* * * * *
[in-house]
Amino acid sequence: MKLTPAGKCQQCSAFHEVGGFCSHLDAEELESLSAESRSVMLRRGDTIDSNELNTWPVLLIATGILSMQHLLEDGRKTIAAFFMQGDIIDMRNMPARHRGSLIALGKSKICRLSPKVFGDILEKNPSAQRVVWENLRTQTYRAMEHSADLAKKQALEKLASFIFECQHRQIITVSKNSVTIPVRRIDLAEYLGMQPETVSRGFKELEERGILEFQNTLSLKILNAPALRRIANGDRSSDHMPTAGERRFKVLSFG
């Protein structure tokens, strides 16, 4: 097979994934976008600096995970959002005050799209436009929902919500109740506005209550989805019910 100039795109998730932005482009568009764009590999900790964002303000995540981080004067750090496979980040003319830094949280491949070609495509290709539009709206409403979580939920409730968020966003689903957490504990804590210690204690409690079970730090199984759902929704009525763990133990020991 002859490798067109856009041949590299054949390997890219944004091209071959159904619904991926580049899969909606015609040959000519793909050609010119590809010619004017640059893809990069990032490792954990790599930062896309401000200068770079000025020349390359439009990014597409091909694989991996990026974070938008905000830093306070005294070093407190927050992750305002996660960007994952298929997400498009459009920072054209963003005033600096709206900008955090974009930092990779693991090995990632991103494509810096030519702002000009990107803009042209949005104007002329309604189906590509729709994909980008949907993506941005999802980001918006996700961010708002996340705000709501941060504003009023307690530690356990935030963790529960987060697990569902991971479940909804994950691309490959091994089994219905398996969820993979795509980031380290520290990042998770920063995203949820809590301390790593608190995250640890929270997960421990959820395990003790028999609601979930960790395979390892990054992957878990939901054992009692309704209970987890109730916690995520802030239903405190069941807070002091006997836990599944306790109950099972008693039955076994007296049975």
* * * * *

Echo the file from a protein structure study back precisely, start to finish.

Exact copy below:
[in-house]
Amino acid sequence: MKLTPAGKCQQCSAFHEVGGFCSHLDAEELESLSAESRSVMLRRGDTIDSNELNTWPVLLIATGILSMQHLLEDGRKTIAAFFMQGDIIDMRNMPARHRGSLIALGKSKICRLSPKVFGDILEKNPSAQRVVWENLRTQTYRAMEHSADLAKKQALEKLASFIFECQHRQIITVSKNSVTIPVRRIDLAEYLGMQPETVSRGFKELEERGILEFQNTLSLKILNAPALRRIANGDRSSDHMPTAGERRFKVLSFG
């Protein structure tokens, strides 16, 4: 097979994934976008600096995970959002005050799209436009929902919500109740506005209550989805019910 100039795109998730932005482009568009764009590999900790964002303000995540981080004067750090496979980040003319830094949280491949070609495509290709539009709206409403979580939920409730968020966003689903957490504990804590210690204690409690079970730090199984759902929704009525763990133990020991 002859490798067109856009041949590299054949390997890219944004091209071959159904619904991926580049899969909606015609040959000519793909050609010119590809010619004017640059893809990069990032490792954990790599930062896309401000200068770079000025020349390359439009990014597409091909694989991996990026974070938008905000830093306070005294070093407190927050992750305002996660960007994952298929997400498009459009920072054209963003005033600096709206900008955090974009930092990779693991090995990632991103494509810096030519702002000009990107803009042209949005104007002329309604189906590509729709994909980008949907993506941005999802980001918006996700961010708002996340705000709501941060504003009023307690530690356990935030963790529960987060697990569902991971479940909804994950691309490959091994089994219905398996969820993979795509980031380290520290990042998770920063995203949820809590301390790593608190995250640890929270997960421990959820395990003790028999609601979930960790395979390892990054992957878990939901054992009692309704209970987890109730916690995520802030239903405190069941807070002091006997836990599944306790109950099972008693039955076994007296049975």